Spirit’s late guitarist Randy Wolfe, better known as Randy California, had been quoted as saying ‘I’ll let [Led Zeppelin] have the beginning of “Taurus” for their song without a lawsuit’. Now, some 40 years after the realise of ‘Stairway’ on Led Zeppelin IV, the trustees of Wolfe’s estate will fight the legal battle Wolfe himself had no intention of getting involved in.

There is a genuine similarity between the riff in the two songs – they’re even played in the same key. But ‘Taurus’ lacks the melody of ‘Stairway’, which is played on the higher strings of the guitar. What’s more, the chord progression is so clichéd musicologists have actually given it a technical name: the minor line cliché.

A minor line cliché is a progression in which a bassline descends note-by-note through the chromatic scale, while being harmonised in the key’s diatonic scale. If that sounds like jargon, just listen to standards like ‘My Funny Valentine’, ‘Feelings’, or ‘Chim Chim Cher-ee’. They are all played in different keys, and in different tempi, but these songs all share the same clichéd progression of ‘Stairway’ and ‘Taurus’. 

The lawsuit has been bolstered by the fact that Led Zeppelin opened for Spirit in 1968, which, the lawyers claim, helped the band ‘create and carve out their distinct sound’. Led Zeppelin even covered Spirit’s ‘Fresh Garbage’ in their live sets. This isn’t the first time Led Zeppelin have been accused of plagiarism. As a number of their tracks were written after jamming on old blues songs, the band have had to adjust their song-writing credits a number of times to give royalties to the estates of musicians like Howlin’ Wolf and Willie Dixon.

By Christian Butler

Another update from Noise 11. May 25th 2016:

Both Robert Plant and Jimmy Page plan to be present for the Stairway to Heaven trial brought against the pair by the estate of Spirit songwriter Randy California.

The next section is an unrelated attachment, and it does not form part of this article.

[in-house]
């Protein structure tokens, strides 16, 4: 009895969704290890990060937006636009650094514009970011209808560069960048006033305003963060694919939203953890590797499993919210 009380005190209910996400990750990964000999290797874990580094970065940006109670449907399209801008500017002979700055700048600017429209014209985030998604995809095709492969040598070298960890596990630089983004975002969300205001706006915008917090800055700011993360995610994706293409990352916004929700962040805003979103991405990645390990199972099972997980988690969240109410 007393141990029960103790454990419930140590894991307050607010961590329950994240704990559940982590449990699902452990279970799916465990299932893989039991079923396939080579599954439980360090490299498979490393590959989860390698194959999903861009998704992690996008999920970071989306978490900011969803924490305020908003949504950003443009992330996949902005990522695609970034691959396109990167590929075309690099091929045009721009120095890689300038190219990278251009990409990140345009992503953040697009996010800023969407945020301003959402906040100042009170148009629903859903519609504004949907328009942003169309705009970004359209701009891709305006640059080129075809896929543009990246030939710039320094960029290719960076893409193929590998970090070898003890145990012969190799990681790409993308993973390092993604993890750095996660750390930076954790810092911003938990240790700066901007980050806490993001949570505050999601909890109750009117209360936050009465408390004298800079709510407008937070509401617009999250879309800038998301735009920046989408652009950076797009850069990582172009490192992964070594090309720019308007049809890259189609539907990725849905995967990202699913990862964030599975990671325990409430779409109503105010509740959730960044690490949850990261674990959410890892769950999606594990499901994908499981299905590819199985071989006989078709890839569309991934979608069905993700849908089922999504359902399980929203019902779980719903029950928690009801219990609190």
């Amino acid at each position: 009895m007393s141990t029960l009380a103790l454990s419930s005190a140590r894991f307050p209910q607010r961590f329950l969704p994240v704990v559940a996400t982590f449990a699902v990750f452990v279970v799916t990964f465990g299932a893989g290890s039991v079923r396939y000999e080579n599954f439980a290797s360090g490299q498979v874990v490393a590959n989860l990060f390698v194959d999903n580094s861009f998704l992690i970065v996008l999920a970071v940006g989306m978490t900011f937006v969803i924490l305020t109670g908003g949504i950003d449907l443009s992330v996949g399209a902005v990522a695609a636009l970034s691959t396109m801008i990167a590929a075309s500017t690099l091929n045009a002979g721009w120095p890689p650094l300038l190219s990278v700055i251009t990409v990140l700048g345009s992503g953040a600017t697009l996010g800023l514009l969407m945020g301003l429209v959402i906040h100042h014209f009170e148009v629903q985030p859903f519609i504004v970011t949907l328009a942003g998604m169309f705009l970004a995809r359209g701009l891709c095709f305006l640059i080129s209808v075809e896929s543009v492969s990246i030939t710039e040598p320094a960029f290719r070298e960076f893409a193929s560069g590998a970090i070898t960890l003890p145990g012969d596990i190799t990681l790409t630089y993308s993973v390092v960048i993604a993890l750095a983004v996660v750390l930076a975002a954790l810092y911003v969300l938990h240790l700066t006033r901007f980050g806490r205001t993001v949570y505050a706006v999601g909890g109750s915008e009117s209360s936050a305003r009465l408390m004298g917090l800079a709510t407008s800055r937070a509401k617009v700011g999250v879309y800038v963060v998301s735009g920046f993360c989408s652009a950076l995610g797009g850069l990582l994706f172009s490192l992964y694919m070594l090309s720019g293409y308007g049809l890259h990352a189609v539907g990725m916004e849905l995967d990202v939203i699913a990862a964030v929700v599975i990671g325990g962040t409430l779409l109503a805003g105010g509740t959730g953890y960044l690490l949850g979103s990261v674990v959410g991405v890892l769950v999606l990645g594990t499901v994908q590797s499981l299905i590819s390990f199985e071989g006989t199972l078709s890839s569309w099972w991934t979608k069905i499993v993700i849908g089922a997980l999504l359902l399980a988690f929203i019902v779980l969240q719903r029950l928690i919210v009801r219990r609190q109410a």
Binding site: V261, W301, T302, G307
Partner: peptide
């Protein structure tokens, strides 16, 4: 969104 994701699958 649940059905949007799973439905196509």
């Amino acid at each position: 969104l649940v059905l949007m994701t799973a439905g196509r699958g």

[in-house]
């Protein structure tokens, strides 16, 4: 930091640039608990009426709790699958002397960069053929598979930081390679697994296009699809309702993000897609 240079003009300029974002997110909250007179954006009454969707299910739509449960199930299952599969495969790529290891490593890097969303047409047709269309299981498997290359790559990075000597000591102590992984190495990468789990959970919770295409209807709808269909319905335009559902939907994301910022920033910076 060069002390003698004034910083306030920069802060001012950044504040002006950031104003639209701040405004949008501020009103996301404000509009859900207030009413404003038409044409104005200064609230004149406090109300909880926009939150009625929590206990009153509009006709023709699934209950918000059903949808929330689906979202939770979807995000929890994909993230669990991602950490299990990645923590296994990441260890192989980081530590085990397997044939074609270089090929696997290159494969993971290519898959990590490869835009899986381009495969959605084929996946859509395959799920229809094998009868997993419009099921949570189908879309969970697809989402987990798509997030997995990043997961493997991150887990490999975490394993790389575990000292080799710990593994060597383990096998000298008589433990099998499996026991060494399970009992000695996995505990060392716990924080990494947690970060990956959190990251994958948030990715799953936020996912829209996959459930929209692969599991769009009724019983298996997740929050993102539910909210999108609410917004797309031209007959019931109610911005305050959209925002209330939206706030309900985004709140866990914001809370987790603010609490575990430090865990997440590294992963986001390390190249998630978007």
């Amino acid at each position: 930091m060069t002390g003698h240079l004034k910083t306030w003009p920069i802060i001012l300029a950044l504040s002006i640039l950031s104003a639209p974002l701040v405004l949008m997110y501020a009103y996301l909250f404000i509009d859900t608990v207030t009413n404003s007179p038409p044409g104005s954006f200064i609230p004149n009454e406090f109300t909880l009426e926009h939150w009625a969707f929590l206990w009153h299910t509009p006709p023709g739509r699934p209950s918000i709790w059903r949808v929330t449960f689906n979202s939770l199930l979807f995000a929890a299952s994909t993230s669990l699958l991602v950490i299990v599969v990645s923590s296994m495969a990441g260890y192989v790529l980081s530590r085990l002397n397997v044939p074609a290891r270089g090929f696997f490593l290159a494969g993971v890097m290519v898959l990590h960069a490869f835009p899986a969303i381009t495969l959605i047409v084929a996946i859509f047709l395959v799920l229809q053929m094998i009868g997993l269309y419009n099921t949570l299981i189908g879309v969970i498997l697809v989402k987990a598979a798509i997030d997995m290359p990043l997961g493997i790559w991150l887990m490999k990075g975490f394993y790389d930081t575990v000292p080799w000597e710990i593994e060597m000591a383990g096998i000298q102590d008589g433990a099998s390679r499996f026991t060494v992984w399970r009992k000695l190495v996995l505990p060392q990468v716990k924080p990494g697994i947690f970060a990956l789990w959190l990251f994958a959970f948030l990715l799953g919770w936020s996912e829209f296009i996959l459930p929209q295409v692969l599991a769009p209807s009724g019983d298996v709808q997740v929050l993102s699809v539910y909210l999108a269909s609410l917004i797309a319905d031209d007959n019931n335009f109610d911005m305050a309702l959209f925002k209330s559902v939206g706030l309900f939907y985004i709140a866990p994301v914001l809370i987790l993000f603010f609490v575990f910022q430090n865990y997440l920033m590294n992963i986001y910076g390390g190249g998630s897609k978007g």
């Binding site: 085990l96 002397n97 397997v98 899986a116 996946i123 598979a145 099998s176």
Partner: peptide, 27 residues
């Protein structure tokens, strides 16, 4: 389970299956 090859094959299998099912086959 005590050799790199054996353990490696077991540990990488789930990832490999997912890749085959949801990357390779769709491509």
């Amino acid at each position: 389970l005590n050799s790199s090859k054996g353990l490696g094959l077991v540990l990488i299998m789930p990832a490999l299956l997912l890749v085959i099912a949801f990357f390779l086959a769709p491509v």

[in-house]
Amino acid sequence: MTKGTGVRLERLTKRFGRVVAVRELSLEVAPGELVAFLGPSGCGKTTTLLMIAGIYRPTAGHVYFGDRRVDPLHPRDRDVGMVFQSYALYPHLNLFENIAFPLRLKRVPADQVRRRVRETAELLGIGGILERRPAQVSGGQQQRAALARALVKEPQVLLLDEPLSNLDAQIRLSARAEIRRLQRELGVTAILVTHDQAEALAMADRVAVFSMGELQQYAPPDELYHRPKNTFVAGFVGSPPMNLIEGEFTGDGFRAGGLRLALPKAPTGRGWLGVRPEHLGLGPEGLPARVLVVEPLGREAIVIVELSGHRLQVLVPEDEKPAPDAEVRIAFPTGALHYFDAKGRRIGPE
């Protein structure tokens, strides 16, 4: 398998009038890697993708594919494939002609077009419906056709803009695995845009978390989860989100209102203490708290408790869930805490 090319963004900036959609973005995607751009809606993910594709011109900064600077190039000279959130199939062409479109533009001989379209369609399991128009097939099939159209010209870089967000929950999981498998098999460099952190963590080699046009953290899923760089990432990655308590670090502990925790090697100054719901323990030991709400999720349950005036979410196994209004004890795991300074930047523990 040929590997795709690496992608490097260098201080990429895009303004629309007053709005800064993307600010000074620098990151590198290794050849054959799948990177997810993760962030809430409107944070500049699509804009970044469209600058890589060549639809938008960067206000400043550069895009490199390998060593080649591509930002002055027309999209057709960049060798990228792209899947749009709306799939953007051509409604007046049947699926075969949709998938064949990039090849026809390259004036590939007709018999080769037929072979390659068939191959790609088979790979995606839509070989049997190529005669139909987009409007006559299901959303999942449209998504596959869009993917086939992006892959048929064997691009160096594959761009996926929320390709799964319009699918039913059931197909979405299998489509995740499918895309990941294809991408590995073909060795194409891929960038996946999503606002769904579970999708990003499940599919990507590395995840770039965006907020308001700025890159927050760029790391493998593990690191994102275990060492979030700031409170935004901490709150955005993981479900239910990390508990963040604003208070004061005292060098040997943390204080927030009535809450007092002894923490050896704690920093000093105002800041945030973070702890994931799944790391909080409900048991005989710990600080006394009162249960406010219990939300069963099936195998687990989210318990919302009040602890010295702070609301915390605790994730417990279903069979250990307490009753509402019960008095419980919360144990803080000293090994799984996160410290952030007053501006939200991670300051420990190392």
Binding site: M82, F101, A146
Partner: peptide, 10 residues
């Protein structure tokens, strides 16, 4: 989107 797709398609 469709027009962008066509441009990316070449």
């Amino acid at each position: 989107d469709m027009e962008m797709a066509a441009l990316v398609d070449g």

The suit alleges that Plant and Page, while part of Led Zeppelin, appropriated a guitar part from the Spirit instrumental Taurus for the intro of Stairway. Zeppelin had opened for Spirit during a 1968 tour and the lawsuit says they would have heard the song during that time.

The trial was scheduled to start May 10 but was pushed to June 14 after the Zepplin’s lawyers claimed that the attorneys for California trustee Michael Skidmore were trying to taint the jury pool by claiming that none of the Zeppelin members were going to attend the trial, showing that they weren’t taking the suit seriously.

While he wasn’t a songwriter for Stairway, the third surviving Zeppelin member, John Paul Jones, will also be attending the trial.

As a result of the trial, Plant has been forced to cancel his appearance at “The Ship We’re In” benefit show, that was part of the Meltdown Festival, that was scheduled for June 19 at Royal Festival Hall.

Plant’s representative said “It is with great disappointment that Robert must cancel his appearance. Robert has been enthusiastic to help in any way to the increased awareness and support of so many powerless and distraught peoples. Therefore the opportunity afforded at Guy Garvey’s Meltdown was an event that Robert was passionately drawn to.”